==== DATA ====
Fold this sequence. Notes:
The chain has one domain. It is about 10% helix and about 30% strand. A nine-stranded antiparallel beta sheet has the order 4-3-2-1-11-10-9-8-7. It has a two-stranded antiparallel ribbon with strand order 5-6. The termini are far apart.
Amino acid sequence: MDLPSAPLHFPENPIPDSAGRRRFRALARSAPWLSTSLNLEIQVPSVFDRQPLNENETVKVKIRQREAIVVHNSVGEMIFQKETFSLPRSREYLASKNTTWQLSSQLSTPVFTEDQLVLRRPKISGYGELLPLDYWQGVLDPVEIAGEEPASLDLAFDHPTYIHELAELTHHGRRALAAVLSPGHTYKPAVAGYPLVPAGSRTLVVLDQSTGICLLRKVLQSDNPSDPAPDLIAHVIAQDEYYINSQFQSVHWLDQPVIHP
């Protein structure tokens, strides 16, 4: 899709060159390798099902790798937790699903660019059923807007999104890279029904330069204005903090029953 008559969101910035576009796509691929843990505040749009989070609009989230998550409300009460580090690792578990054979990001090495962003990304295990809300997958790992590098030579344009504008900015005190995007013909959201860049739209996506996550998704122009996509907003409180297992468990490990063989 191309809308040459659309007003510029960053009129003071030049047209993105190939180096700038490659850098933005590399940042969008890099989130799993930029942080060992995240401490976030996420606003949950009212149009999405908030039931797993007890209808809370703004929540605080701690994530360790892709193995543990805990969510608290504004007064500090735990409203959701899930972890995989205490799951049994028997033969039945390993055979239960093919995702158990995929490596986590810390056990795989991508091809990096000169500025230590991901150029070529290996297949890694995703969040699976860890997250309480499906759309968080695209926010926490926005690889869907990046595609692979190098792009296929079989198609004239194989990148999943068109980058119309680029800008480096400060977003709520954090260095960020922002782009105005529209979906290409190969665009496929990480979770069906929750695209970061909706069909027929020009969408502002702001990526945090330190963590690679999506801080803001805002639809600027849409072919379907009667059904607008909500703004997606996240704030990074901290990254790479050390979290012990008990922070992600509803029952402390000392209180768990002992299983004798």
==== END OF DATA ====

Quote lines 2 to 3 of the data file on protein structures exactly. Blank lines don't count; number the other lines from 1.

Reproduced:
The chain has one domain. It is about 10% helix and about 30% strand. A nine-stranded antiparallel beta sheet has the order 4-3-2-1-11-10-9-8-7. It has a two-stranded antiparallel ribbon with strand order 5-6. The termini are far apart.
Amino acid sequence: MDLPSAPLHFPENPIPDSAGRRRFRALARSAPWLSTSLNLEIQVPSVFDRQPLNENETVKVKIRQREAIVVHNSVGEMIFQKETFSLPRSREYLASKNTTWQLSSQLSTPVFTEDQLVLRRPKISGYGELLPLDYWQGVLDPVEIAGEEPASLDLAFDHPTYIHELAELTHHGRRALAAVLSPGHTYKPAVAGYPLVPAGSRTLVVLDQSTGICLLRKVLQSDNPSDPAPDLIAHVIAQDEYYINSQFQSVHWLDQPVIHP